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2012 Corton-Charlemagne: PYCM & BdM, 1979 Heitz Wine Cellar Martha’s Vineyard, Château Mouton Rothschild 1975, 1985, 1996 Château Haut-Brion 2001…

August 27, 2021

The usual suspects met again on 23 August 2021 after the second Prohibition of the year on dining-in (totally unnecessary and ineffective, in my opinion) had been lifted. Shang Palace at the Shangri-la is our usual venue of choice for such top-flight line-ups and it lived up to all expectations: the food was outstanding, the wine service exemplary. Most of the bottles were blinded while the trio of Mouton Rothschild was totally unexpected. Many thanks, everyone, for your generous contributions.


2012 Champagne Roger Coulon Blanc de Noirs. Displaying a lovely luminosity, this wine proffers toasted oak, flint and intense citrus on the nose with a hint of sweet vanillin. Quite excellent in depth and definition with an open dry intensity, very well-balanced with a chiseled chalkiness laced with refreshing acidity.

2012 Pierre-Yves Colin-Morey Corton-Charlemagne Grand Cru, courtesy of LF. Lightly colored. Distinctly reductive on the nose, opening with a gentle earthiness amid diesel characters. Rather firm with a minerally fullness that imparted a certain austerity with some oily density, fleshing out with sleek white tones and nutmeg that exude lovely seamless detail, finishing with outstanding length and acidity.

2012 Domaine Bonneau du Martray Corton-Charlemagne Grand Cru, courtesy of LF. Lightly colored. Effusive in cool tones, paraffin and icing with rounded floral characters, wonderfully luxuriant. Medium-full. Distinctly minerally, layered with lovely opulence and early complexity, displaying superb lift and agility throughout its length. This is the Bonneau du Martray that we know and love.

2004 Domaine Vincent Girardin Chevalier-Montrachet Grand Cru, courtesy of Kieron. Tasted blind. Deep golden hue. Rather restrained, dominated initially by a recessed mature chalkiness that suggested this wine may have past its prime though the Puligny signature remained intact. It finally did open up after ninety minutes with full chromatic tones of white fruits, apricots and ripe peaches underscored by fine acidity, distinctly brighter and fresher.

1979 Heitz Wine Cellar Martha’s Vineyard, courtesy of LF. Tasted blind. Clearly a well-aged wine by color but still fairly dark at its core, proffering a lifted fragrance of tangerines, red fruits, strawberries and haw.  Still fairly vibrant with supple intensity, laced with lively acidity that is beautifully integrated with understated ferrous elements at its core, yielding subtle detail. Half the table thought it to be a claret (I’d quietly harbored thoughts of a mature Cheval Blanc) until it turned sweeter over time, finally unfurling its New World roots with further notes of varnish and eucalyptus, seemingly more youthful as it gained greater intensity in the glass. Superb!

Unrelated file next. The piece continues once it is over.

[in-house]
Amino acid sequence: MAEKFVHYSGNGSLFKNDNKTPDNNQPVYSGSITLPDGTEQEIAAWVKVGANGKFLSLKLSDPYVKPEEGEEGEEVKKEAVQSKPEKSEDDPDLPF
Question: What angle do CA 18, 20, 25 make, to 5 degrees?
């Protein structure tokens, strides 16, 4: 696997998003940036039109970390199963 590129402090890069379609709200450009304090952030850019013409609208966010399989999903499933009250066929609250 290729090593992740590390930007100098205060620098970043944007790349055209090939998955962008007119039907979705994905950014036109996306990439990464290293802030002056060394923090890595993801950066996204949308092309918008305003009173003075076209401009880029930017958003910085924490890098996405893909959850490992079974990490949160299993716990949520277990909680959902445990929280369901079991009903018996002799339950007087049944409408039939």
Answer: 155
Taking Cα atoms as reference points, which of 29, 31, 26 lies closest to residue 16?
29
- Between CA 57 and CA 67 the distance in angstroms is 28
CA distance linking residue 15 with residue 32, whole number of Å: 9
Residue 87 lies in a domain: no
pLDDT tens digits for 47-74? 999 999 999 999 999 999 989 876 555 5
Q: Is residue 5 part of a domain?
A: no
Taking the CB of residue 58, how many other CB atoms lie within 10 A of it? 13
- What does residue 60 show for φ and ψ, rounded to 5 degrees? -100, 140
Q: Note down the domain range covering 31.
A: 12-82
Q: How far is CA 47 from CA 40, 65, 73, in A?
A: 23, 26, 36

1975 Château Mouton Rothschild, courtesy of Kieron. Tasted blind. Clearly mature by color, a slightly faded opaque red. The slender medium-bodied palate is set with evolved red fruits, raspberries and currants amid shades of cinnamon, mocha and licorice, appropriately soft and velvety but still wonderfully fresh and engaging. Very beautifully balanced, appearing to have the legs to last for many more years. It doesn’t quite possess that Pauillac signature but who cares when it is so good?

1996 Château Mouton Rothschild, courtesy of Vic. Tasted blind. Deep mature crimson. Effusive in blackberries and dark currants. Generously endowed, structured with highly supple tannins underscored by a deeper vein of rich black fruits with a tinge of smoke. Wonderfully balanced, brimming with youthful exuberance though it turned more placid and laid back after some time, becoming seemingly nonchalant. Probably needs much more time in the glass to express itself fully. I’d thought it was the 1986. Caught at its peak.

1985 Château Mouton Rothschild, courtesy of Sir Bob. Tasted blind. Still impressively deep in color, proffering a lovely rounded floral fragrance amidst some hint of savoury tones. Still wonderfully fresh and fleshy, imbued with succulent dark fruits with a deep core of ferrous elements. Absolutely slick and seamless. It doesn’t quite hide its years, but this still has the legs to last many more years.

2001 Château Haut-Brion. Deep garnet. Good lift of black fruits and currants, darkly delicious. Rather full, packed with abundant ripe wild berries amid briar and brambly characters that imparted some degree of sternness. Distinctly sweeter after some time as it fleshed out with lithe acidity and intensity, revealing very fine subtle detail with a vibrant open tone. Lovely, but still far from peaking.


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